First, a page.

As soon as you’ve got your ideas together you will need to get a framework from which to start your business. Later we look at what’s involved in deciding which trading identity would be suitable for your business and also look at what’s involved in VAT. My advice is for you to read Chapter 10 when you feel ready for it. For now though, let’s look at some things you’ll need to consider when christening your new business and where your new venture is going to live.
Deciding on a name for your business
Choosing the right name for your business is important and is something you need to really think about because whatever name you give to your business will need to create the right image for potential customers. Let’s say you’re planning to organize painting holidays in Cornwall. You could call your business simply ‘Painting Holidays in Cornwall’, but the obvious problem here is that it doesn’t give any more information than the obvious. Before you go any further you need to ask yourself more questions about your proposed business.
Obviously, you are never going to be able to answer all of these questions with the name of your business, but you can improve on the initial name by making it less restrictive and more imaginative. One of the problems with the original name is that it concentrates on two words painting and holiday. The difficulty here is that anyone interested in learning how to paint might get the impression that this business runs holidays for seasoned painters and not beginners, while experienced painters might find the word ‘holiday’ a turn-off.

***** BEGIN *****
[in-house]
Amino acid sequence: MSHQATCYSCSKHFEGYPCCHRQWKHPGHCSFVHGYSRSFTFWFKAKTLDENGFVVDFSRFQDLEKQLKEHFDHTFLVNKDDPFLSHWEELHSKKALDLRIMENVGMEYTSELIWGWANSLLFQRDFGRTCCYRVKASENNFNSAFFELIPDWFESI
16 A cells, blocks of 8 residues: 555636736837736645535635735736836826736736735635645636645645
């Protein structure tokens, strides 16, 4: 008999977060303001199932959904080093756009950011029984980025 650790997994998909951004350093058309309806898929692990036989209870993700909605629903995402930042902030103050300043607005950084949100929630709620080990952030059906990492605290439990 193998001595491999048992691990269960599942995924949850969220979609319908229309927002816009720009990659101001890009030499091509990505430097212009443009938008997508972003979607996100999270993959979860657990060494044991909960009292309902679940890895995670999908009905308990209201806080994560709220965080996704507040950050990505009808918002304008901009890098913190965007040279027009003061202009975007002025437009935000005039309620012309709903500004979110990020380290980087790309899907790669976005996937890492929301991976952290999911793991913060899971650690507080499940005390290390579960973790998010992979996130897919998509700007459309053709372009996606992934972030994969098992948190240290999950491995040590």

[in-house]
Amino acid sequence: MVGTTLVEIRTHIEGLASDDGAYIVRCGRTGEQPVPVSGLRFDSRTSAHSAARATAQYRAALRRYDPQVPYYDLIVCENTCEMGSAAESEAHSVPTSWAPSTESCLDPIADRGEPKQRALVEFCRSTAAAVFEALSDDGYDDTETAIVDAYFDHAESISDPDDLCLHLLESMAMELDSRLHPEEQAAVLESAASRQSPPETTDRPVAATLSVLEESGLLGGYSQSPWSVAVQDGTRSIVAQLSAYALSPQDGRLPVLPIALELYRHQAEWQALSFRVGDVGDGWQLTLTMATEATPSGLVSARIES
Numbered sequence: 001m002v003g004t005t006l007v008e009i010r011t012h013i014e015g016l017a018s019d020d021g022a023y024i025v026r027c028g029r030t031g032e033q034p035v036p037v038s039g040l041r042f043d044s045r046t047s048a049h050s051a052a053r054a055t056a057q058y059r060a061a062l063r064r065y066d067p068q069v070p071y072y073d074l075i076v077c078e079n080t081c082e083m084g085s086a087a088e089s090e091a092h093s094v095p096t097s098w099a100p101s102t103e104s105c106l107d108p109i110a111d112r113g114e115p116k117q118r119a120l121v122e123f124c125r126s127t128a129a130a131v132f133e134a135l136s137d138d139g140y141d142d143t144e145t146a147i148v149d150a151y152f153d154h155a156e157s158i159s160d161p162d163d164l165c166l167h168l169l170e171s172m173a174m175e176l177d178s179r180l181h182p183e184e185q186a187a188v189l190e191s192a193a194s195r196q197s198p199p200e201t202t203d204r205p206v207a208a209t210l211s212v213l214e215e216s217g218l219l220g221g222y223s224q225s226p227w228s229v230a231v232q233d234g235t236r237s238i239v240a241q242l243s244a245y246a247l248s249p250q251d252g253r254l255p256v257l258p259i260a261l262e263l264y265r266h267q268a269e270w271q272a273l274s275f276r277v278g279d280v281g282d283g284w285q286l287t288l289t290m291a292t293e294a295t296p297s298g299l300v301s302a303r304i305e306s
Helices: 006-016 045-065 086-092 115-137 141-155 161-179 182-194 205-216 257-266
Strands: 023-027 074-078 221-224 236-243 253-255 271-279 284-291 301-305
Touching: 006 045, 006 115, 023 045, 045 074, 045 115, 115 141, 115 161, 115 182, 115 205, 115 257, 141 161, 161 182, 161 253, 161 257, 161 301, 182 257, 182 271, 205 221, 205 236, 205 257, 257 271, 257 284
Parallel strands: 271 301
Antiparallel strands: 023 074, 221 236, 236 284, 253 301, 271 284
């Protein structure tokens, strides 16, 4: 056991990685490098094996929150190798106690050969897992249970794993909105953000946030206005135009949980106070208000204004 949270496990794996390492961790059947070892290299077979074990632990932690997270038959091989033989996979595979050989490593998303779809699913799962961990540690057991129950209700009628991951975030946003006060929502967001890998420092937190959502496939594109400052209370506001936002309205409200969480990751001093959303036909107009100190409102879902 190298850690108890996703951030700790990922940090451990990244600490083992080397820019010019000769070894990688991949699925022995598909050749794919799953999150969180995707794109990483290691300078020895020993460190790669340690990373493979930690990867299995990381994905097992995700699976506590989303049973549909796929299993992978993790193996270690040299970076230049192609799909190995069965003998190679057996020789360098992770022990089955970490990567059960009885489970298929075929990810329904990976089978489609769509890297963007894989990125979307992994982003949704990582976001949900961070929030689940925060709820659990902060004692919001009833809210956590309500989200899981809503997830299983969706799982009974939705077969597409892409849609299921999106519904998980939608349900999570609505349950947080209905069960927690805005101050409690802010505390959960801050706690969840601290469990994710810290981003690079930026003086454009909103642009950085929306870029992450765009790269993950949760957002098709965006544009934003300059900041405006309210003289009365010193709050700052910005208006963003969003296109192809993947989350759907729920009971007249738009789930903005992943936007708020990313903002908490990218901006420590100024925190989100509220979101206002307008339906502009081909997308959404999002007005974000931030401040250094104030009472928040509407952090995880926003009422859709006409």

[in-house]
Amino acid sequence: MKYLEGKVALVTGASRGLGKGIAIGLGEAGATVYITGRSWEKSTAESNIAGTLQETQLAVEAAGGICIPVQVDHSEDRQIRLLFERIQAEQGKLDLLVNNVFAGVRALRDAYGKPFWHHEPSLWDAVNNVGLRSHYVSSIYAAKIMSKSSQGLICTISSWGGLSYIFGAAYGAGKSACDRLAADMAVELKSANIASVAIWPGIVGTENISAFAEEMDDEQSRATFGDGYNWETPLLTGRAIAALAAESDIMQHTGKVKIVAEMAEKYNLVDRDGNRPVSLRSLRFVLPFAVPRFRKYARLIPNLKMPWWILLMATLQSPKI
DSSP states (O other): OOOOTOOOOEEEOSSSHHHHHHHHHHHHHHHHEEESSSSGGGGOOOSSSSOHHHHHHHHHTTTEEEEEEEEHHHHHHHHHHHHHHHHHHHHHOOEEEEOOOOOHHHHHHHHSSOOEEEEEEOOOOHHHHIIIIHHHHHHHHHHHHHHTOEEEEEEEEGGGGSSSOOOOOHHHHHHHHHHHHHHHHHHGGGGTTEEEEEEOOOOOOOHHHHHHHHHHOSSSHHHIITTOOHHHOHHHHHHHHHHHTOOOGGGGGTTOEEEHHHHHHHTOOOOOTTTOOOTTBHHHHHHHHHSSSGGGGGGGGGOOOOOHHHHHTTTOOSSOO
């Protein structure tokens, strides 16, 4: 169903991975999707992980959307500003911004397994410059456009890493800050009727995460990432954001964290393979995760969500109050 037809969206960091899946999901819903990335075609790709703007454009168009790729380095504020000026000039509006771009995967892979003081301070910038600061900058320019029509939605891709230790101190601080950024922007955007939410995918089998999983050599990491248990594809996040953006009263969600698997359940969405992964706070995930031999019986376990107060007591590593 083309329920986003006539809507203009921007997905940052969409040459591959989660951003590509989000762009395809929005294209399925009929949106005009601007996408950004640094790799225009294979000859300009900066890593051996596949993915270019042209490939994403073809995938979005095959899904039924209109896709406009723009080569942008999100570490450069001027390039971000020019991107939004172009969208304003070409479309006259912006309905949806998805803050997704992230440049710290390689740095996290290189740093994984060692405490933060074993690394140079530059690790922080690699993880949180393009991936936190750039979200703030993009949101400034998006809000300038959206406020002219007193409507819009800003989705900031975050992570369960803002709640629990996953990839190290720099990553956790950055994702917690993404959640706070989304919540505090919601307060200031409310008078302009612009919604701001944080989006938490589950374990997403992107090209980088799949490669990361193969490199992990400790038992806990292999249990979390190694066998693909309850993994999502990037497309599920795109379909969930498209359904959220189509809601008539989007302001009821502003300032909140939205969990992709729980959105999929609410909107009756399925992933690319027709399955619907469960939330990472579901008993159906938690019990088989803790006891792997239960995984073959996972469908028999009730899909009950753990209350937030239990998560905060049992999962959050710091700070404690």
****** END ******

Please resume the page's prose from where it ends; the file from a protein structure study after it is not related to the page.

Your Business Name Doesn’t Have To Describe Your Business
Your business name doesn’t have to describe or even suggest what your business offers. Take Amazon as an example. Here we have the world’s largest retailer of books with no mention of books anywhere in the company name. Yet everyone knows they retail books.
Although originally marketed as an online book retailer, Amazon now sells a whole range of non-book products including software and games. The advantage of choosing a name like Amazon is that not only is it easy to remember and intriguing, but the name doesn’t restrict the future growth or diversity of the business. Richard Branson’s Virgin Group is similar.
Beware Of Choosing Cliche¤ Names
It’s also a good idea to avoid choosing a cliche business name. By this, I mean something like Green Fingers Gardening Company or Joe’s Bloomers or Harriet’s Heavenly Pastries etc. While names like these might seem like a good idea at the time just wait until you discover there’s already more than one of them in the country and suddenly your business isn’t unique after all.
Is the business name you want actually available?
There is no absolute right to a business name unless of course, that name is the name of a company or another business trading in the same area as you’re intending to. So if there’s already a Flo’s Dog Walking Service or Martin’s Organic Vegetables in your area then obviously were you to start up a similar business using the same name they would have a legal argument to say that you are trading using their name. Of course, it would also be silly to knowingly use another business name as not only are you bound for legal conflict, you are also denying your business any opportunity of being unique.